Bookish Review: Paper Towns by John Green

Paper Towns by John Green

Published: 16 October 2008 by Dutton Books

Genre: Contemporary, Mystery

Rating: ♥ ♥ ♥ ♡ ♡

Goodreads |  Buy on Amazon

Paper Towns has been on my TBR list forever and I finally got a great excuse to read it when it was chosen as the August Forever Young Adult Book Club read. I’d only read one of John Green’s novels prior to Paper Towns (*gasp* I know) and as I’d heard the hype about his other books I was looking forward to getting stuck in.

Quentin, or Q as he is known to his friends, is a perfectly “well-adjusted” 18-year old close to finishing his senior year of high school. Relegated to the lesser ranks of the high school hierarchy, Q is forced to pine after Queen Bee Margo Roth Spiegelman, his longtime crush, from afar. Until one night when his routine is disturbed by Margo and he is drawn into a night of revenge and reflection on the fakery of their town and people in it. Q believes that things will change after that fateful night but little does he know that Margo has a whole lot more in store for him following her sudden disappearance the very next day.

“…maybe she loved mysteries so much that she became one.”

I was hooked as soon as I found out that Paper Towns was a mystery as I’m a total sucker for detective/mystery/crime fiction – even more so when it’s a YA book. The plot drew me in and had me guessing and playing detective alongside Q but this was one of those books where the ending is not as important as the protagonist’s journey of character development. I liked the way that Q finds his stride and confidence throughout the book but also learns how his preconceptions of the people around him may be unfair and unfounded.

Q has a really unflinching narrative style saying things exactly as they are (high school is a “divine-right monarchy”, anyone?) He also has an awesomely dry sense of humour at times which lightened the otherwise ‘heaviness’ of the book. There were so many good quotes in Paper Towns that I almost ended up highlighting the entire thing on my ereader!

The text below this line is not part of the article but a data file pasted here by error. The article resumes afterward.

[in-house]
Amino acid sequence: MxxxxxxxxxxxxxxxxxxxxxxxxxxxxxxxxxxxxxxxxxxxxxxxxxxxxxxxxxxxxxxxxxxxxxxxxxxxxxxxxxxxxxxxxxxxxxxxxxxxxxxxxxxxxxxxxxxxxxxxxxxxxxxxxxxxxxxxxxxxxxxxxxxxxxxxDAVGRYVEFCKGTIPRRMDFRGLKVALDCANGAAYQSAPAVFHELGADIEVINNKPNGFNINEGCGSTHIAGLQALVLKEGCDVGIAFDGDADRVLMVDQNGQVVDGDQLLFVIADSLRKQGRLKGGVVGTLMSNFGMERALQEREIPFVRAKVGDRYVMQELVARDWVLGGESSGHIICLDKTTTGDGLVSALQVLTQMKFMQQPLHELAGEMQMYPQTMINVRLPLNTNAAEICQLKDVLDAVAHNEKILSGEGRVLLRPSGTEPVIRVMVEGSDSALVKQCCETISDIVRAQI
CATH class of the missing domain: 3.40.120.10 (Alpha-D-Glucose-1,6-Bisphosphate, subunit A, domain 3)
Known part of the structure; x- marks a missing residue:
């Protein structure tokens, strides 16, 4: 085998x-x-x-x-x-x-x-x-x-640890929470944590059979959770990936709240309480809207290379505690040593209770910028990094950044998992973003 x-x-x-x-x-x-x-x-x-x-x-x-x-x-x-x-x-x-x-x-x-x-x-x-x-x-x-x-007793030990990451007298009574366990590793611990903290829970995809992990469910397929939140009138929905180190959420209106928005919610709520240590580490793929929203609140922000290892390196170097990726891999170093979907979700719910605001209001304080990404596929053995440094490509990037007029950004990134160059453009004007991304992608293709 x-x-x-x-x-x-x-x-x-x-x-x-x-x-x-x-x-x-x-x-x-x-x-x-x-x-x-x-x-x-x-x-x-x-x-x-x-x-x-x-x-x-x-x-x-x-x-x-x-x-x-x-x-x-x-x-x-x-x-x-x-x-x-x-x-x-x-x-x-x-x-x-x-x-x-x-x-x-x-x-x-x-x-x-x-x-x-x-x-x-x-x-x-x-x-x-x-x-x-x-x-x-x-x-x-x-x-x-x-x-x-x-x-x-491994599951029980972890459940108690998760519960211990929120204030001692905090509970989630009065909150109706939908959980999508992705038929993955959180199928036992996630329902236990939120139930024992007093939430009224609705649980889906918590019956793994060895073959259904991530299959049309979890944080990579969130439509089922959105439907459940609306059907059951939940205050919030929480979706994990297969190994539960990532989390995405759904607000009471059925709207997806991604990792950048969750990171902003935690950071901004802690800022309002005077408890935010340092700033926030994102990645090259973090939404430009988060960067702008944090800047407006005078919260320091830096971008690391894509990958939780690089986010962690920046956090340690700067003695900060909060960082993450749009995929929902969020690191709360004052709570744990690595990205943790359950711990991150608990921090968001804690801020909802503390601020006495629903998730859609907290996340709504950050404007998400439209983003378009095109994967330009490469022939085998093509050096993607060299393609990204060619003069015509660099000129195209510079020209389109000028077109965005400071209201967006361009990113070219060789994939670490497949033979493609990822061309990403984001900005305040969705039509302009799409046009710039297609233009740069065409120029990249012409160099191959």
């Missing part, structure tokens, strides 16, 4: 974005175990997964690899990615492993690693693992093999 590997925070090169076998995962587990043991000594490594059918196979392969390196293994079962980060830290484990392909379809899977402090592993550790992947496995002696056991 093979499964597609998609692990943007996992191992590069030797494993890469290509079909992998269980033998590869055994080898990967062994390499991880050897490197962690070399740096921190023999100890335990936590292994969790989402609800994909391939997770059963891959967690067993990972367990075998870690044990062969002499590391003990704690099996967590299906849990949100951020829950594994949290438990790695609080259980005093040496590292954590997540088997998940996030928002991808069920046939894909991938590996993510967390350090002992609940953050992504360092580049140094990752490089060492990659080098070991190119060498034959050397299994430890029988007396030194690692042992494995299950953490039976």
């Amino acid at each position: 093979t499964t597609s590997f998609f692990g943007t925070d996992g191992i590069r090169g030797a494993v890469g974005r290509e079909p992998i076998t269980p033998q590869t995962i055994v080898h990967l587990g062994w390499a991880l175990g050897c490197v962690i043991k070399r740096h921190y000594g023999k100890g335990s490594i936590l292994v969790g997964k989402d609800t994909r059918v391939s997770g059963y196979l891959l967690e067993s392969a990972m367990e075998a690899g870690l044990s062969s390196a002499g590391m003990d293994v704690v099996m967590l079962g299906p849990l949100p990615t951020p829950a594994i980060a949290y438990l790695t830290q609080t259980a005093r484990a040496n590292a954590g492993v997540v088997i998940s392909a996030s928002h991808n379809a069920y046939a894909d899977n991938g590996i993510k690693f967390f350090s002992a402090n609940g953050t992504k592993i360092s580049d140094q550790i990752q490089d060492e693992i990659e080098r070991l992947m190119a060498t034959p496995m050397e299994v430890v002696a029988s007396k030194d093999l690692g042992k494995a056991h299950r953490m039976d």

“Peeing is like a good book in that it is very, very hard to stop once you start.”

John Green is never one to shy away from complex issues and one of my favourite things about Paper Towns was the use of a Walt Whitman poem to show how our preconceptions of people may overshadow who they actually are. Our reading and understanding of a poem is coloured by our personal opinions and background and I think the same can often be said of how we respond to people we don’t know. John Green explores this idea brilliantly in Paper Towns and it’s great to see complex ideas like this in a YA book.

I would have liked to see a bit more of Margo in Paper Towns –  I was conscious of the fact that we mostly see Q’s rose tinted version of Margo and at times felt detached from the character to the point of indifference towards her disappearance. Also it irked me a bit when Q seemed to prioritise Margo’s disappearance over his best friends and even resent them for not taking as much of an interest but it did illustrate just how determined he was to find Margo.

So, although I had a couple of niggles with Paper Towns, I found it a solid read in the vein of John Green’s other books and if that’s your cup of tea you’re in good company. Paper Towns reminded me a lot of classic coming of age stories, where it’s less about the ending and more about the journey, so I think it would be perfect for fans of Catcher in the Rye by J.D. Salinger.

Are you a fan of John Green? If you’ve read Paper Towns are you looking forward to the movie? Let me know in the comments below 🙂

4 thoughts on “Bookish Review: Paper Towns by John Green

  1. Great review! I also love all the great quotes John Green throws in his books, especially this one. I underline all over and pretty much destroy my books, it’s great. I liked how you pointed out the Walt Whitman poem. That’s really tough to weave something that complex into a novel and he does a great job with it.


  2. Alex, thanks so much for your lovely comment! It’s great to hear from a fellow quote collector 🙂 I must admit I had to restrain myself from making this review all quotes – there was the great one on high school being a divine right monarchy which I had to savagely truncate haha. Also I totally agree that JG does an amazing job with the WW poem, it must have been incredibly difficult!


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